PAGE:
David Perron knows all about expectations.
Drafted 26th overall in an admittedly sub-par 2007 draft class, he nevertheless made the Blues straight out of the Juniors, scoring 13 goals and 27 points in 62 games. In the 2008-09 season, he cracked the 50 point plateau, notching 35 assists in the process and becoming noteworthy for his playmaking skills. He has since reached 20 goals twice, including a career-high 21 this past season in just 57 games. However, his ability to stay on the ice has slowed his development, as concussions have cost 97 games over the past two years.
Healthy again, the Blues expect Perron’s grit, two-way abilities and playmaking skills to play major roles in their series against the Sharks. Thursday night at the HP Pavilion, they did.
Perron’s crisp lateral pass to Patrik Berglund led to a B.J. Crombeen blast from the slot at 7:12 of the first period to open the scoring for St. Louis, and his slick wrister that handcuffed Antti Niemi ultimately led to a bizarre off-the-back rebound subsequently tapped in by Andy McDonald for the 2-0 edge. Despite a late Joe Thornton goal, the Blues hung on for the 2-1 victory, taking a 3-1 game advantage as the series heads back St. Louis.
“We’re growing up quick here, but this team is making us do it, too,” coach Ken Hitchcock observed, speaking of both his team and the Sharks. “I don’t think there’s one guy in that room that thinks we’ve got anything except three wins. You can just see the mood in the locker room. You get grounded real quick because you know that this series could be 3-1 the other way. But I like the fact that we hung in here in this building, hung in real hard.”
The Sharks, by many measures, outplayed St. Louis in this game. They outshot the Blues 25-24 and seemed to have the edge in scoring chances. They also played more physically, outhitting St. Louis 28-19. San Jose coach Todd McLellan agreed: “I thought it was probably our best 60-minute effort in the series, but you can’t take consolation in having a good game. Not in the playoffs. You have to find ways to win.”
Brian Elliott, once again, was a major reason for the St. Louis win. He turned aside 24 of 25 shots, including two highlight-reel saves — one a huge stop on a Logan Couture breakaway — in the second period alone. Since taking over for the injured Jaroslov Halak in game one, Elliott has posted a 1.51 G.A.A. and .944 save percentage, stopping 67 of 71 shots. “Our goaltending has been fantastic all year,” St. Louis forward B.J. Crombeen said. “It’s kind of our team defense. Our whole mentality is defense first and checking leads to offense. It’s something that Hitch really brought on board when he came here and it’s something we’ve had success with.” Indeed, not only did Elliott set the modern-day record for lowest goals against average in a season (1.56), but he and Halak (1.97) easily won the Williams Jennings trophy for the fewest goals allowed by a goaltending tandem in the NHL this year.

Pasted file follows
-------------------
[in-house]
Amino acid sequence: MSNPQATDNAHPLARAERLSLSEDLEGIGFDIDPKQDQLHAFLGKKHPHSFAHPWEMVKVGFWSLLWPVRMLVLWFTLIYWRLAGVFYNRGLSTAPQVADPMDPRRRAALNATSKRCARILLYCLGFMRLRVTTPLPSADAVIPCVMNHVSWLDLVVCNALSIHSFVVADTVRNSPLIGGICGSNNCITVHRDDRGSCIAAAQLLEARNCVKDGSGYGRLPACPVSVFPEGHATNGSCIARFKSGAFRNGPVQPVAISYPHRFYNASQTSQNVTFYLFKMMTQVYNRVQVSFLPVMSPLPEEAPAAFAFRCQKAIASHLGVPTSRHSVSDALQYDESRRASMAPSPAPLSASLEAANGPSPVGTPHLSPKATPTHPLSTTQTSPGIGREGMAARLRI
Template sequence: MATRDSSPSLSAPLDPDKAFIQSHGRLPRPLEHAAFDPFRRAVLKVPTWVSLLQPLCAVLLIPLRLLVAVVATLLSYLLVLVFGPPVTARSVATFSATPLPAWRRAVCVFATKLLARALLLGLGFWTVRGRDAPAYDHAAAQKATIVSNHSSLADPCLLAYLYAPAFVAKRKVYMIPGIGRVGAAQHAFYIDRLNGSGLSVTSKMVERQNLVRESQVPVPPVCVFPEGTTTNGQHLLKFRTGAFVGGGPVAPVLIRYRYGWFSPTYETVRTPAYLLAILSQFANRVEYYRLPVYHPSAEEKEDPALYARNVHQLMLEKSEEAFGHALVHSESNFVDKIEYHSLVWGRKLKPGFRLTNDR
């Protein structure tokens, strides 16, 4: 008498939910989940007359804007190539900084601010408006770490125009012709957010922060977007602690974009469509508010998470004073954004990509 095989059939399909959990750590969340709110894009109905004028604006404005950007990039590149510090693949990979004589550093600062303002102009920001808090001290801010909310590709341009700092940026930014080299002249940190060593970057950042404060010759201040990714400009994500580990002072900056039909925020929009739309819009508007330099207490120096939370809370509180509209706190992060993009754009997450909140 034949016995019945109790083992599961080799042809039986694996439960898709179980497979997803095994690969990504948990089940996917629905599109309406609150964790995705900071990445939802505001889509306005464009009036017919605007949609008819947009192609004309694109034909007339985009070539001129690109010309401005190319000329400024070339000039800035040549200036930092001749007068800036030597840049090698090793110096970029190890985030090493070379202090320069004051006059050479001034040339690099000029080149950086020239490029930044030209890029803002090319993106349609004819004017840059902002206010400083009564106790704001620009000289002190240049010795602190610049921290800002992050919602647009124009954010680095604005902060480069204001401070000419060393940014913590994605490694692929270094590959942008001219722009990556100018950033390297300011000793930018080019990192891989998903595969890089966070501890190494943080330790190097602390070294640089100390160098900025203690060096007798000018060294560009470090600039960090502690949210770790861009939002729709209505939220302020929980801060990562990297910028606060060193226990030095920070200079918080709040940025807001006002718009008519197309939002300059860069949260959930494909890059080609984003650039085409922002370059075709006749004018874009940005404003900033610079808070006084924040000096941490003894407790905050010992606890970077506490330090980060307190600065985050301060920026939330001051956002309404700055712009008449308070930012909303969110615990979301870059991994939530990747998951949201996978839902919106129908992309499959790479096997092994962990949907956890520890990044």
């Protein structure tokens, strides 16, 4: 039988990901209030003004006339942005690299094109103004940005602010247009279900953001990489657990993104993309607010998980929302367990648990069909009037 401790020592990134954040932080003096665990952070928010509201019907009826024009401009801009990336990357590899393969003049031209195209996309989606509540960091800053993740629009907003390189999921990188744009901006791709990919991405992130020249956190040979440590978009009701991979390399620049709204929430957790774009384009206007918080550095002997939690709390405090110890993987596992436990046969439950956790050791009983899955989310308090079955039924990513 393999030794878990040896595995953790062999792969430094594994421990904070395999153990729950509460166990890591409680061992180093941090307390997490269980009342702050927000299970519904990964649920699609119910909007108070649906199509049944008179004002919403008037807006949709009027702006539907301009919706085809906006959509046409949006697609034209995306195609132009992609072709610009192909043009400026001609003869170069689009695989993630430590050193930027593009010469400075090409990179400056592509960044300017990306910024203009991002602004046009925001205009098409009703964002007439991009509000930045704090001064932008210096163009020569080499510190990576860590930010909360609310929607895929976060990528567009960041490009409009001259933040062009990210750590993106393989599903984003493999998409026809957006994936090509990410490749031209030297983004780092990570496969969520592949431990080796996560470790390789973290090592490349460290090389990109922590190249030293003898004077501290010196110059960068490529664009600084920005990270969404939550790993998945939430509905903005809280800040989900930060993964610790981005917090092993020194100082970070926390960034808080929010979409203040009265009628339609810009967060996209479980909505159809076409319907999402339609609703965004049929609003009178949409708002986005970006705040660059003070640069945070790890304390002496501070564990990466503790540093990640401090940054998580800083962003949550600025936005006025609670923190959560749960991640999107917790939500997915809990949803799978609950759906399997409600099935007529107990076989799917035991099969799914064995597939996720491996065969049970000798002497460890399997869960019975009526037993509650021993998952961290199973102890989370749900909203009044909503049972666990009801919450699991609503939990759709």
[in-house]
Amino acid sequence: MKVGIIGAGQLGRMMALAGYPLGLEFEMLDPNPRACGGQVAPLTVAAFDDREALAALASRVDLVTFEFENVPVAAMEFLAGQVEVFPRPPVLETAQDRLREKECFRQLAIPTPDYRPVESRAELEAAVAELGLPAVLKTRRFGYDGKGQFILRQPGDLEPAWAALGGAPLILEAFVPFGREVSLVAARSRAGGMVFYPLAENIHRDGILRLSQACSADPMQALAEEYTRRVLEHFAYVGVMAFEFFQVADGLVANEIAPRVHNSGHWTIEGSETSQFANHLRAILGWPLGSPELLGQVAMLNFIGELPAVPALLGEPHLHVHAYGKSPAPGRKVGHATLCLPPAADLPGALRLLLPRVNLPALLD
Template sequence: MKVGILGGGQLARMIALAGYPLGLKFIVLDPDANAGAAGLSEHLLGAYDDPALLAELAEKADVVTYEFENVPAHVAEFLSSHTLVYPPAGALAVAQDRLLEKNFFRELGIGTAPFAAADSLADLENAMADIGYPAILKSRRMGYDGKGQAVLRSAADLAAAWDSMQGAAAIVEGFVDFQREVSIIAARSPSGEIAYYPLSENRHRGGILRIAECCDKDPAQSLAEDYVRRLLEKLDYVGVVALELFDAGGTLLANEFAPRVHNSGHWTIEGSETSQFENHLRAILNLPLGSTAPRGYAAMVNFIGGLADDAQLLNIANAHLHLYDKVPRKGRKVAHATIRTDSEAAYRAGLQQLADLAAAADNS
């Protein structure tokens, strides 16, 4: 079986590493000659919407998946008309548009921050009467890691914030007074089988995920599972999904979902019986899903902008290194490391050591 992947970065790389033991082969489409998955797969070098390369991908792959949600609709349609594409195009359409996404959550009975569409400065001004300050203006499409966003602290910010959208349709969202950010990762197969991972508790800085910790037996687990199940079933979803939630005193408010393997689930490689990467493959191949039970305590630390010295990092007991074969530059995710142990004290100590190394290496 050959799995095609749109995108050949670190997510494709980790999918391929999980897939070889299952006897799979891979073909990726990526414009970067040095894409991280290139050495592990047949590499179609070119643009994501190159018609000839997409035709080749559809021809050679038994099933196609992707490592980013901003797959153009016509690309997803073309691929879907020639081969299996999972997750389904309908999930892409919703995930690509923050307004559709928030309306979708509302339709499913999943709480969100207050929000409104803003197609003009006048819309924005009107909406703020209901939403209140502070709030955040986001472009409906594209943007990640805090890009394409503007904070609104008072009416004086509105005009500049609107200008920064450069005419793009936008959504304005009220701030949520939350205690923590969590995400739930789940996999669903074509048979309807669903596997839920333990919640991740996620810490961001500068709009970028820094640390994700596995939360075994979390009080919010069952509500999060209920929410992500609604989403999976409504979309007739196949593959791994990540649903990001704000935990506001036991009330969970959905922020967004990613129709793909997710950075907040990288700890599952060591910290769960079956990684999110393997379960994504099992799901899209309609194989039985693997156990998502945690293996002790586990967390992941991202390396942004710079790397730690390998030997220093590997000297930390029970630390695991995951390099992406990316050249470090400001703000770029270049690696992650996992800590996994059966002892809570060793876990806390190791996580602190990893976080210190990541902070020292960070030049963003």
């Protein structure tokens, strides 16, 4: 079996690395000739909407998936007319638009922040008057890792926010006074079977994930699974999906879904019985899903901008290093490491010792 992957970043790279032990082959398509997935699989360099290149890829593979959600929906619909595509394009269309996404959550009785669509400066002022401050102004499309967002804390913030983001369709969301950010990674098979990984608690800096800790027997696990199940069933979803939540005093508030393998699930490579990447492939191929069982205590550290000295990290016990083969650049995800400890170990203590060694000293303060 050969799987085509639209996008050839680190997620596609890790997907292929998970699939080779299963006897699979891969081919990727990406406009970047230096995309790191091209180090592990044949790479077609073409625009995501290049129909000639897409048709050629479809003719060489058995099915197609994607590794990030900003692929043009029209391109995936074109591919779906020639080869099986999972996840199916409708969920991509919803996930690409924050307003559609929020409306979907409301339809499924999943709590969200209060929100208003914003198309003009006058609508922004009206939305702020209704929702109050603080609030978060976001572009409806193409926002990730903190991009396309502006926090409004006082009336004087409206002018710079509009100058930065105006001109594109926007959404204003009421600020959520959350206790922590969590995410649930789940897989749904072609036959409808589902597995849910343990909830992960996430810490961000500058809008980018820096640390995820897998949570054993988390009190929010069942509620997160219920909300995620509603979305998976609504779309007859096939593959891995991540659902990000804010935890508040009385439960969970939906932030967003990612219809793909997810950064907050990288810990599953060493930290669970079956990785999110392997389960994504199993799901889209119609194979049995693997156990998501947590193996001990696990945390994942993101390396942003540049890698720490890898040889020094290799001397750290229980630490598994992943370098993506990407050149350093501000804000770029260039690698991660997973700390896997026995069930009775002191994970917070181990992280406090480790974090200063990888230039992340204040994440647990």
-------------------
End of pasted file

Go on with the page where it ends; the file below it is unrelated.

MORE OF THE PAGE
Much as in game three, the Sharks scored late to make a game of it. With the clock ticking down and Niemi on the bench, Brent Burns drove the puck into the Blues’ zone. Logan Couture dug it out of the corner, slid it to a wide open Joe Thornton, who wound up and slapped the puck home, cutting the lead to 2-1. However, with only 1:07 left in the game, the Sharks were unable to score the equalizer. With the win, the Blues swept both games at the HP Pavilion and assumed firm control of the series.
“I would have never thought that in a million years,” coach Ken Hitchcock said. “This has been such a graveyard for most teams in the playoffs. We’re learning a lot.” Joe Thornton, as to be expected, was more wistful: “We’ve put ourselves in a corner and now we have to fight our way out. “We had good looks again tonight and just snaked it for whatever reason.”
Only twenty times in NHL history has a team come back from being down 3-1 in a series. The Sharks now join the Canucks, Blackhawks, Penguins, and Red Wings in attempting that Herculean effort. Regarding his team’s luck in the series so far, Thornton commented, “We had some good looks tonight. We’re just snake-bitten, for whatever reason.”
He paused, and then said, “Now we’re behind the 8-ball.”
Game five is slated for Saturday night at The Scottrade Center in St. Louis.
Walter McLaughlin is a Los Angeles Kings correspondent for The Hockey Writers. He is an avid sports fan, having followed the Kings since living in L.A. in the mid-1970’s, as well as suffering through Seattle sports teams’ general futility. He has a Bachelor’s degree in Finance and has worked in community banking for over 25 years, specializing in SBA loans. He is married and has two daughters.